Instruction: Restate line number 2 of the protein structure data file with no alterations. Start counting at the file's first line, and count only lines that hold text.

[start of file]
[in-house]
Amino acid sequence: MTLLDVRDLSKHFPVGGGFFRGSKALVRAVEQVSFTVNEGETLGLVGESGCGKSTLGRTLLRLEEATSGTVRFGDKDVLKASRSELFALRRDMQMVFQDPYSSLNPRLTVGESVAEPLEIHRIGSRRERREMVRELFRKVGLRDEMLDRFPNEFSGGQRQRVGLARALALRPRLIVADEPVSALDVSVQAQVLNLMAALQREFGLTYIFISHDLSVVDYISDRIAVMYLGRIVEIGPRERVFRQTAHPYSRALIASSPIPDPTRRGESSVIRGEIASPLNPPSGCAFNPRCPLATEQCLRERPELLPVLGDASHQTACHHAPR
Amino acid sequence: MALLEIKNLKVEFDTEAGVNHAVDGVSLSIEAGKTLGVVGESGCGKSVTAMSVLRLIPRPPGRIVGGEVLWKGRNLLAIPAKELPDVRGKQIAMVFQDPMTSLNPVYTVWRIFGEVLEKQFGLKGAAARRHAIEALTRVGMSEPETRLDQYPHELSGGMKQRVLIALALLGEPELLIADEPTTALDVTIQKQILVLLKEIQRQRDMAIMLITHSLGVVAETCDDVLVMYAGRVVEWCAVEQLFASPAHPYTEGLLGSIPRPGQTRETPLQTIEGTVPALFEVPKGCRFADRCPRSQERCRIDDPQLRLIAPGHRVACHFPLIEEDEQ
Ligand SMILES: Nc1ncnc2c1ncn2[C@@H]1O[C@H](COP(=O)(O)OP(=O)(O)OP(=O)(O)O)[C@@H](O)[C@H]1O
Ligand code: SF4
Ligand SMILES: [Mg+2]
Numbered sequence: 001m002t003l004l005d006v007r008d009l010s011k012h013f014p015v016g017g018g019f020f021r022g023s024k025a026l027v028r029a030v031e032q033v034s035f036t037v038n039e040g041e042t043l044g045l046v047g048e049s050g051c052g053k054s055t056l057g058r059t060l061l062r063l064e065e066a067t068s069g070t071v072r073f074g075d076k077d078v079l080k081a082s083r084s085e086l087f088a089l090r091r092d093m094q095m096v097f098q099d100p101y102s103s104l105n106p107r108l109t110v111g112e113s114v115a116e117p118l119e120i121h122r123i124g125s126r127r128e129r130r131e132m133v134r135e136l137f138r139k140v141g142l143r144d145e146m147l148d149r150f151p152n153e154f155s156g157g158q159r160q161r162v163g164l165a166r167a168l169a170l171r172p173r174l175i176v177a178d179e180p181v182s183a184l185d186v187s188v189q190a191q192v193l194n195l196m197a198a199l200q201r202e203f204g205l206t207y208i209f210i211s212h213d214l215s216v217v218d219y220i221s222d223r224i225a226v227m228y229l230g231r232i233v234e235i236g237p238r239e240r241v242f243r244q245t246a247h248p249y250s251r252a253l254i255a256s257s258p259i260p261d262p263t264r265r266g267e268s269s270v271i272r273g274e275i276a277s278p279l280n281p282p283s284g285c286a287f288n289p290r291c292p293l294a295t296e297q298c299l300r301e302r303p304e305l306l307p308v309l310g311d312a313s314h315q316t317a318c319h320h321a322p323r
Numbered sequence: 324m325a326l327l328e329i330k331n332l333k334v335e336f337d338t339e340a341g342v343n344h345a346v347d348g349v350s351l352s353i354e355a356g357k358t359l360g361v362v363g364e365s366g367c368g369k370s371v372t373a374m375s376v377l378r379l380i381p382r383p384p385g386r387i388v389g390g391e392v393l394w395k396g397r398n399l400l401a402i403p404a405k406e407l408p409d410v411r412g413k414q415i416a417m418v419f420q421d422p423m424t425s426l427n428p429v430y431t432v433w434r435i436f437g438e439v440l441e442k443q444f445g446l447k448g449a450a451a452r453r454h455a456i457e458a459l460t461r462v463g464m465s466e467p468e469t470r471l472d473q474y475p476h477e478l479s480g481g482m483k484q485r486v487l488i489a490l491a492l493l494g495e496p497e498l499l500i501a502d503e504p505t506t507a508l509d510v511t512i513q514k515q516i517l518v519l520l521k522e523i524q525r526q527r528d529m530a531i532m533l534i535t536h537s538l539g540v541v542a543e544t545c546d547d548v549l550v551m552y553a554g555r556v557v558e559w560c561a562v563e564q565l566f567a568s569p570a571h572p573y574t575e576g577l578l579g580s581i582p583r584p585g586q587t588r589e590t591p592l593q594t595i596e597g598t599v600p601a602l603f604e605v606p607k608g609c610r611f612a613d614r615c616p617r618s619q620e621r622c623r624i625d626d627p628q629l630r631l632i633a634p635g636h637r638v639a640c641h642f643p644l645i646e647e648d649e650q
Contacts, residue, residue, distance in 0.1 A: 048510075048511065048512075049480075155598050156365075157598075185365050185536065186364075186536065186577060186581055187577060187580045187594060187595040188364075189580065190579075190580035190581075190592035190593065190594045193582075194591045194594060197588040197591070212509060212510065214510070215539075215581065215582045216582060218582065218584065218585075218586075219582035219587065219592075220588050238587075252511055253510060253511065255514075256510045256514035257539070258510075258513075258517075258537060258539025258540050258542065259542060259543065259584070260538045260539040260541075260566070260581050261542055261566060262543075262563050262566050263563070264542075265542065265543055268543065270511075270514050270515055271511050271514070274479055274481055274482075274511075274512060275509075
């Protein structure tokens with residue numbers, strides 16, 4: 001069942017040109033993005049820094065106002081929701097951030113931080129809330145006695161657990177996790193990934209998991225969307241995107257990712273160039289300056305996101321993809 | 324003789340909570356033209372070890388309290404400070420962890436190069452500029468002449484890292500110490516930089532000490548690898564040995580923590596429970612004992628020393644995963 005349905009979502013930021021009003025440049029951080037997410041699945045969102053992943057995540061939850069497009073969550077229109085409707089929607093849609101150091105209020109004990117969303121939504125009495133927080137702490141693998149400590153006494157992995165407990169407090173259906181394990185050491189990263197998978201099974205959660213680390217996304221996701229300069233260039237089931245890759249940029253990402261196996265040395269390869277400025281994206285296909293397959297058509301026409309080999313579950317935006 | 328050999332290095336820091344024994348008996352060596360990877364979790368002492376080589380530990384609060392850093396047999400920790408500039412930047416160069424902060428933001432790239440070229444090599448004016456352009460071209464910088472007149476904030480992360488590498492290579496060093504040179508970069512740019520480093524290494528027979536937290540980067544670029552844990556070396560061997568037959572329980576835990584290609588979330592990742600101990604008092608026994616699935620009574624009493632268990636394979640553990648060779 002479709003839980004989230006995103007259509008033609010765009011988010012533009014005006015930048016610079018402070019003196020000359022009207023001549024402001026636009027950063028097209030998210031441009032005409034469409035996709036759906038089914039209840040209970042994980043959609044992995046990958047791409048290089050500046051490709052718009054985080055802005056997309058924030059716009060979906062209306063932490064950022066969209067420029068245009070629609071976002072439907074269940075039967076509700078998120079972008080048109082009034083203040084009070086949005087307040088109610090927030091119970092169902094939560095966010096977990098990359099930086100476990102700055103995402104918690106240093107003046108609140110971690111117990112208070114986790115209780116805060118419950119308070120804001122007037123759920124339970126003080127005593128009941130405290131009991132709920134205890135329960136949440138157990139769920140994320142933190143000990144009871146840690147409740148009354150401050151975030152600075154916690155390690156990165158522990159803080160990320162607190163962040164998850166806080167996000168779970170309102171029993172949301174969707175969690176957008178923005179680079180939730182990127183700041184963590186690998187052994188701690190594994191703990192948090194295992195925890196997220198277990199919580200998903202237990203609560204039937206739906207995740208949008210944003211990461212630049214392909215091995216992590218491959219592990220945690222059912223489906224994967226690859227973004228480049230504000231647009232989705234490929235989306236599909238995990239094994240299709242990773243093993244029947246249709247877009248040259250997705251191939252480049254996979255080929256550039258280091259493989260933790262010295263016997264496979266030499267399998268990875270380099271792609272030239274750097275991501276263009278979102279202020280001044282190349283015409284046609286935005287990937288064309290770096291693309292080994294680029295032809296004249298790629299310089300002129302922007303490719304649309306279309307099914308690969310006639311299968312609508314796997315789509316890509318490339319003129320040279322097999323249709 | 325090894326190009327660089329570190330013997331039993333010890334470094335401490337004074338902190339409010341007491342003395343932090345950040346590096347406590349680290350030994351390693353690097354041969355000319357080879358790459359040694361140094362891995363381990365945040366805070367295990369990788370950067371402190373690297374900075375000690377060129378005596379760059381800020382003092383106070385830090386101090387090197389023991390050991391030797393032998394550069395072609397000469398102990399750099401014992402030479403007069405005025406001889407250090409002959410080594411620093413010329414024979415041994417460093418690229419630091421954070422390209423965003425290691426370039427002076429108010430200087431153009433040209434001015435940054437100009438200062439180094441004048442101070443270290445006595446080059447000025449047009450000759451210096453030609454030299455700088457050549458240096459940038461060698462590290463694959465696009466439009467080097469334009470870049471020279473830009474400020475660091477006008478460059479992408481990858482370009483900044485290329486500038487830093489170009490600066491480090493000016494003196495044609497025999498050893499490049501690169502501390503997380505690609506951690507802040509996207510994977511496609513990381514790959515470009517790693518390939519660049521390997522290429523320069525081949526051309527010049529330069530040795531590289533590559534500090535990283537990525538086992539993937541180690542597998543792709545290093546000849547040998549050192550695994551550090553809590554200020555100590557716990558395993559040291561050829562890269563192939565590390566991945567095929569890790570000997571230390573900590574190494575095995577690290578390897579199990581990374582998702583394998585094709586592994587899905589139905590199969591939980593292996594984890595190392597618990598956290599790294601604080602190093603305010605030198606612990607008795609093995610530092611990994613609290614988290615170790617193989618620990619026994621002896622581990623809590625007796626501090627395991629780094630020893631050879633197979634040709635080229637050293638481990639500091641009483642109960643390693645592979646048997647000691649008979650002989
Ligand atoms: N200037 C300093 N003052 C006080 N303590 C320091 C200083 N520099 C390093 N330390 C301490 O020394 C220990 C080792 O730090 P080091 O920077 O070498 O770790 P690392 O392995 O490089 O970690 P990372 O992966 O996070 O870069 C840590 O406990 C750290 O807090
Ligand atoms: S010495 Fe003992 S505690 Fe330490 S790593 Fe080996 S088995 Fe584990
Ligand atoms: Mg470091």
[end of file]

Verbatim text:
Amino acid sequence: MTLLDVRDLSKHFPVGGGFFRGSKALVRAVEQVSFTVNEGETLGLVGESGCGKSTLGRTLLRLEEATSGTVRFGDKDVLKASRSELFALRRDMQMVFQDPYSSLNPRLTVGESVAEPLEIHRIGSRRERREMVRELFRKVGLRDEMLDRFPNEFSGGQRQRVGLARALALRPRLIVADEPVSALDVSVQAQVLNLMAALQREFGLTYIFISHDLSVVDYISDRIAVMYLGRIVEIGPRERVFRQTAHPYSRALIASSPIPDPTRRGESSVIRGEIASPLNPPSGCAFNPRCPLATEQCLRERPELLPVLGDASHQTACHHAPR